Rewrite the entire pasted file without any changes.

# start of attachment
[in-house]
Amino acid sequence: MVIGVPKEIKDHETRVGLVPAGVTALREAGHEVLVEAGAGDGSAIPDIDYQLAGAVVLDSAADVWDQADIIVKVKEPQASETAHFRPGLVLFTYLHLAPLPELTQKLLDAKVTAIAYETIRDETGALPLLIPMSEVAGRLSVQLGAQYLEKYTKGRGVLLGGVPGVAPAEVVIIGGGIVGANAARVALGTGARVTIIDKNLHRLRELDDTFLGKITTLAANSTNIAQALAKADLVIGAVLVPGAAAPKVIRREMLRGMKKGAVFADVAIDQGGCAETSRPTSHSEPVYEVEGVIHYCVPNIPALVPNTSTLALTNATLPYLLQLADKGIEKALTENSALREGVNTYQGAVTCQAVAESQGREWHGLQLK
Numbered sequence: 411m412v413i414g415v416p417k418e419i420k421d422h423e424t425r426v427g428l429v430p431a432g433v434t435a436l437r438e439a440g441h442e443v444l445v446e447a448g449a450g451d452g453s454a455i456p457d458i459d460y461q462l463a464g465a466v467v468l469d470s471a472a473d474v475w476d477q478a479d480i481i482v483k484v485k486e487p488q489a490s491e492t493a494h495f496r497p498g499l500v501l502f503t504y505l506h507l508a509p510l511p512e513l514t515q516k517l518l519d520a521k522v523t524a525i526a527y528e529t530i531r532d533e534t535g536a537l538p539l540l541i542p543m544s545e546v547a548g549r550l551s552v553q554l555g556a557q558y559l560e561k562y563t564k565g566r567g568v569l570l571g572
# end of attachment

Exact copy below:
[in-house]
Amino acid sequence: MVIGVPKEIKDHETRVGLVPAGVTALREAGHEVLVEAGAGDGSAIPDIDYQLAGAVVLDSAADVWDQADIIVKVKEPQASETAHFRPGLVLFTYLHLAPLPELTQKLLDAKVTAIAYETIRDETGALPLLIPMSEVAGRLSVQLGAQYLEKYTKGRGVLLGGVPGVAPAEVVIIGGGIVGANAARVALGTGARVTIIDKNLHRLRELDDTFLGKITTLAANSTNIAQALAKADLVIGAVLVPGAAAPKVIRREMLRGMKKGAVFADVAIDQGGCAETSRPTSHSEPVYEVEGVIHYCVPNIPALVPNTSTLALTNATLPYLLQLADKGIEKALTENSALREGVNTYQGAVTCQAVAESQGREWHGLQLK
Numbered sequence: 411m412v413i414g415v416p417k418e419i420k421d422h423e424t425r426v427g428l429v430p431a432g433v434t435a436l437r438e439a440g441h442e443v444l445v446e447a448g449a450g451d452g453s454a455i456p457d458i459d460y461q462l463a464g465a466v467v468l469d470s471a472a473d474v475w476d477q478a479d480i481i482v483k484v485k486e487p488q489a490s491e492t493a494h495f496r497p498g499l500v501l502f503t504y505l506h507l508a509p510l511p512e513l514t515q516k517l518l519d520a521k522v523t524a525i526a527y528e529t530i531r532d533e534t535g536a537l538p539l540l541i542p543m544s545e546v547a548g549r550l551s552v553q554l555g556a557q558y559l560e561k562y563t564k565g566r567g568v569l570l571g572